paid to African fashion lies more
complex issues. According to
Grundy, the clothing and apparel is
only a means to assert a “new atti-
tude, awareness and awakening of
political consciousness.”

Black Americans are becoming
more alert to their cultural identity.

“African-American people are
more and more seeking out symbols
of who we are." said Msiba Ann
Grundy, a teacher and counselor at
the Central Kentucky Re-Ed

One of the more popular items
being worn is a necklace Africans
call a nubie. It‘s also called the rasta
chain by Rastafarians.

(Rastafarians are members of a la-
maican religion whose god is Haile
Selassie and who believe in freedom
for blacks and a return to Africa or
the Motherland).

The chains may also be referred to
as freedom pendants or awareness

Nubie is derived from a former
country, Nubia, which was once an
area of Sudan, Egypt and Ethiopia.

According to Frank Walker, pro-
gram coordinator for the Martin Lu-
ther King Cultural Center at UK,
the pendants are metal and/or leather
and are in the colors red, black,
green and gold. each representing

cenain ideas.

Black, red and green are “libera-
tion” colors, which stand for the
colors of the African national flag.
Red represents the blood lost by all
African people, and green means the
land. Gold stands for Africa‘s miner-
al wealth, but also has something to
do with sunshine.

Red, green, and gold are colors
linked more to Jamaica and the Ras-
tafan'ans who started making and
selling them more than four years
ago. It was at this time that they
were being worn in places like New
York, Nashville, Tenn., and Atlan-

In the middle of the nubie is an
African symbol. One of these sym-
bols is the continent of Africa
which is synonymous with the
Motherland. Another common im-
age is Nefertiti, who was a 14th
century queen of Egypt. The Lion of
Judah, also an African emblem, was
one of the 12 tribes of Israel.

Also pertaining to Judaism, the
Star of David is an original African
symbol, and signifies the second
King of Israel and Judah.

Nubies and other items such as
African-made jewelry, scarfs, hats,
kente cloth, T-shirts, and pins in the
shape of the continent of Africa
have been popping up at a few retail
stores across the country.

According to Mrs. Grundy, most
of the clothing and accessories are
made in Africa. but there have been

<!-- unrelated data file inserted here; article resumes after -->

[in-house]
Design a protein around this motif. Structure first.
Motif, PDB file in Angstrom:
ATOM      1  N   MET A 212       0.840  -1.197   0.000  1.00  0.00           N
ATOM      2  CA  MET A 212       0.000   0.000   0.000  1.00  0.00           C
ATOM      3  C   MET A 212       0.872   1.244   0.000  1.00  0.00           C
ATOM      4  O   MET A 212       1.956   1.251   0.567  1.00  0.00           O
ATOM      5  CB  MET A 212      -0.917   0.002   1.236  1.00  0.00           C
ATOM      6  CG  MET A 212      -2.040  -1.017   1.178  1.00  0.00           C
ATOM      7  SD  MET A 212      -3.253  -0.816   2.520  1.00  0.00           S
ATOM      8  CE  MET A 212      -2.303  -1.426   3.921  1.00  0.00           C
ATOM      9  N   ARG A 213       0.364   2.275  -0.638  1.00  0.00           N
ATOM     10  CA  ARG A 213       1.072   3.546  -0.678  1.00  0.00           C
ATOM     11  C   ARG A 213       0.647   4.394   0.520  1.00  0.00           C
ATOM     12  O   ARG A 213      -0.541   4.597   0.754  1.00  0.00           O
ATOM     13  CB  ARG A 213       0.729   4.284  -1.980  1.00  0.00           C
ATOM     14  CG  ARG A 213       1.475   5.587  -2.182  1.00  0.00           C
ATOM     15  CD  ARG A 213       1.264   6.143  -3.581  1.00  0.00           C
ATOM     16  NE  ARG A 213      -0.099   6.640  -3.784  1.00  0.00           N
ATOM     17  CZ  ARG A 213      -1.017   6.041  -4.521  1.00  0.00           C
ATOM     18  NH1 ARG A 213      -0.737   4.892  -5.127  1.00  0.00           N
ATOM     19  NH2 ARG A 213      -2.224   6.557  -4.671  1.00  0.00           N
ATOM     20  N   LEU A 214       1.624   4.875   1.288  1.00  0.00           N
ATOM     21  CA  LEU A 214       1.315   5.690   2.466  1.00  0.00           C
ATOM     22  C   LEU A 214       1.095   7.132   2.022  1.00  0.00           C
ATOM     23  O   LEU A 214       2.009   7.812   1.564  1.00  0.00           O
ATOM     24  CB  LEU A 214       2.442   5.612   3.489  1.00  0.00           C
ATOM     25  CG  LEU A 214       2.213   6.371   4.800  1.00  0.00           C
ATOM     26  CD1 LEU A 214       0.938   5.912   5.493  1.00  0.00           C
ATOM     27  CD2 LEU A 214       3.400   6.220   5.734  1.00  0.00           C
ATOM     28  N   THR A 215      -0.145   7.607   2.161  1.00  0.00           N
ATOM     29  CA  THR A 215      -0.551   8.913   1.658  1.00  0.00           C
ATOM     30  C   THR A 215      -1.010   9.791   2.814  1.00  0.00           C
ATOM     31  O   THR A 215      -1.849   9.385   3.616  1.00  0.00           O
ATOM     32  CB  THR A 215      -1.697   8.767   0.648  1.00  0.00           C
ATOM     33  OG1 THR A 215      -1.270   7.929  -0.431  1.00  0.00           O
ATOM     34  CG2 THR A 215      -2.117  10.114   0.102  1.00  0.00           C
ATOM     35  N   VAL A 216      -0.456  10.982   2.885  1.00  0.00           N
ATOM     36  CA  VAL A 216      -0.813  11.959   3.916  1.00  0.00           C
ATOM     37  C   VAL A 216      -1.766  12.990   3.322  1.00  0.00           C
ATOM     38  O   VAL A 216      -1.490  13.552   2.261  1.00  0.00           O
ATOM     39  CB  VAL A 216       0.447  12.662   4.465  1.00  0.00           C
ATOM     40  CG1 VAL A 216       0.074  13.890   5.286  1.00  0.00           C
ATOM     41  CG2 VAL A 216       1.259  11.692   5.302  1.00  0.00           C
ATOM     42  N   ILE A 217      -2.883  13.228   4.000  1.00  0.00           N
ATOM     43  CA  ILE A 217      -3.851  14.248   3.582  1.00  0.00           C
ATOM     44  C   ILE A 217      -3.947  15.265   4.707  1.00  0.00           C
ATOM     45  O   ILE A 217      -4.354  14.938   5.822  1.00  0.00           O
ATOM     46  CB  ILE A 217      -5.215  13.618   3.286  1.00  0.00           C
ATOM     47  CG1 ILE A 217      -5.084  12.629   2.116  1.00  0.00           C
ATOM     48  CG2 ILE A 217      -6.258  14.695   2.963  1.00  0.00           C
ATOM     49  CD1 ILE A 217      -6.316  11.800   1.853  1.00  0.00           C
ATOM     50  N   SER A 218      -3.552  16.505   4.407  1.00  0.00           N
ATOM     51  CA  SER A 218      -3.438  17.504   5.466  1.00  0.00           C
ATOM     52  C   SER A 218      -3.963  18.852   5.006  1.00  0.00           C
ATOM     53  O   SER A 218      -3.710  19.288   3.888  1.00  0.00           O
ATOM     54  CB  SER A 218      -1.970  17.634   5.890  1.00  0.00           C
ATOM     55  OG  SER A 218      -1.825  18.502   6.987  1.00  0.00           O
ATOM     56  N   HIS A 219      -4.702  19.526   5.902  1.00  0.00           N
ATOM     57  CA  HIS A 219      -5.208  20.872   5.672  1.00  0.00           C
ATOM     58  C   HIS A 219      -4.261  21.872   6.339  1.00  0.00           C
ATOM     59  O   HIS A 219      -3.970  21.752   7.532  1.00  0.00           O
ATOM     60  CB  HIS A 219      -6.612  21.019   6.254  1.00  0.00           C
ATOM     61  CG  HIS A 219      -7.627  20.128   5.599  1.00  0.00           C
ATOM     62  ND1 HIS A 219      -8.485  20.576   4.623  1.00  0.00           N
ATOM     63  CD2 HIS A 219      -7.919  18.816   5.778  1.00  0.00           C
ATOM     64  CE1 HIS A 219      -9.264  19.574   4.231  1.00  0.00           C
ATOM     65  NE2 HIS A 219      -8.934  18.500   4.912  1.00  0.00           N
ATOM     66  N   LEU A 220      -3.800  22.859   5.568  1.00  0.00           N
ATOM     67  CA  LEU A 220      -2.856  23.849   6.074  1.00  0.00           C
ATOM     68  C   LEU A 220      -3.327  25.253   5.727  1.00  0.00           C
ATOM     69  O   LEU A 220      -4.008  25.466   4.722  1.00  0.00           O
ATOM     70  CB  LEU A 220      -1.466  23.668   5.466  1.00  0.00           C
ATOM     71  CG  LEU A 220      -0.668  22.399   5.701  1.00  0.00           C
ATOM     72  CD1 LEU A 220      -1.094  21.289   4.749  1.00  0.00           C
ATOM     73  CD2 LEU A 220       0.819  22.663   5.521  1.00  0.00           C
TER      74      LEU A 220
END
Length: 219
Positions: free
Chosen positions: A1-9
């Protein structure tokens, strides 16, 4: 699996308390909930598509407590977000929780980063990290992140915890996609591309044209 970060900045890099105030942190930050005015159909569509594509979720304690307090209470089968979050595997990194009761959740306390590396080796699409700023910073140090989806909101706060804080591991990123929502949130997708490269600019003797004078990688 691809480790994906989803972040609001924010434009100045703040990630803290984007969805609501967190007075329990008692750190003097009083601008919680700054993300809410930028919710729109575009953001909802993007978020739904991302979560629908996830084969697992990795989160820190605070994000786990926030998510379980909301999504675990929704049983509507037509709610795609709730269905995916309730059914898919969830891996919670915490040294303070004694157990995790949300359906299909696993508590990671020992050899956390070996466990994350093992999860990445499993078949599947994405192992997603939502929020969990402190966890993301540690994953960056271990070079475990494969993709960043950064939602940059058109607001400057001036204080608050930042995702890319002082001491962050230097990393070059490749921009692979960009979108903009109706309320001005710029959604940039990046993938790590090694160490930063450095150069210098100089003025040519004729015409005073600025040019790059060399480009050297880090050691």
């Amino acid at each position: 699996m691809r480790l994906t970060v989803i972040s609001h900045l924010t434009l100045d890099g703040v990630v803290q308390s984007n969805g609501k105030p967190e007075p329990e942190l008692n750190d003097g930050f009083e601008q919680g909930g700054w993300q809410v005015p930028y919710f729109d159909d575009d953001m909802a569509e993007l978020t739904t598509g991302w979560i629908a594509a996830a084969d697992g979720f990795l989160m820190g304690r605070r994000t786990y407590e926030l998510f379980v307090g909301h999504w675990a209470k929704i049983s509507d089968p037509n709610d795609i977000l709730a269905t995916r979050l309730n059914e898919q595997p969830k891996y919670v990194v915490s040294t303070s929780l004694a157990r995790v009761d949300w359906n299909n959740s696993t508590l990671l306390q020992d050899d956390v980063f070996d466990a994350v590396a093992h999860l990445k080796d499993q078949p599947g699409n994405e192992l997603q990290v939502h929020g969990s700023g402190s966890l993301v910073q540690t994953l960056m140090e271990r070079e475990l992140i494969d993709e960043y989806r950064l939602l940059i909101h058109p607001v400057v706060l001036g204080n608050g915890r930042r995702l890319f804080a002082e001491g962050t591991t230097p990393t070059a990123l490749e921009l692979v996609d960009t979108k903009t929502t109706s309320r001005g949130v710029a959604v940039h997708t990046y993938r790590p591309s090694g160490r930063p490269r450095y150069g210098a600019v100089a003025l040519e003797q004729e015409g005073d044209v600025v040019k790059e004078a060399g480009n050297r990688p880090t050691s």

various fake products being sold to
unsuspecting customers in which
the label may read ‘made in Japan.”

Kente cloth, from West Africa, is
made of intricately woven print, and
is made into skirts or other apparel.
The cloth comes in thousands of
patterns representing family histo-
ries and are “very expensive" in
terms of human hours, Mrs. Grundy

v .

This African-made juju bag, or neck wallet. was gained renewed popularity recently across the
originally a medicine bag. Items like this have country.


Mrs. Grundy said that many Afri-
can-American women are turning to
the African fabric, but wear it in a
cut that is in a more modern fash-

Hats or kufis, and scarfs made of
kente cloth are often color-
coordinated but are not as available.

T-shirts explaining the various
African colors and symbols promot-
ing black pride are popular too.

This is not the first time that At-
rican clothing has influenced fash-
ion. Even back in the 19605 trade
beads were worn. But according to
those who wear the paraphernalia
now, the recent popularity is not a
fad but an awakening to their cultu—
ral heritage.

“I hope that it is clear that people
know that this is not just a fad,"




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Walker said. “We feel like the inter-
est in the paraphernalia is a reflec-
tion of the renewed interest in our
cultural heritage.”

Walker wears a juju bag, or neck
wallet. Juju bags were originally
used as medicine bags.

“As a direct descenth I am very
pleased to see it happen,” he said.
“The whole idea behind the para-
phernalia is to promote African heri-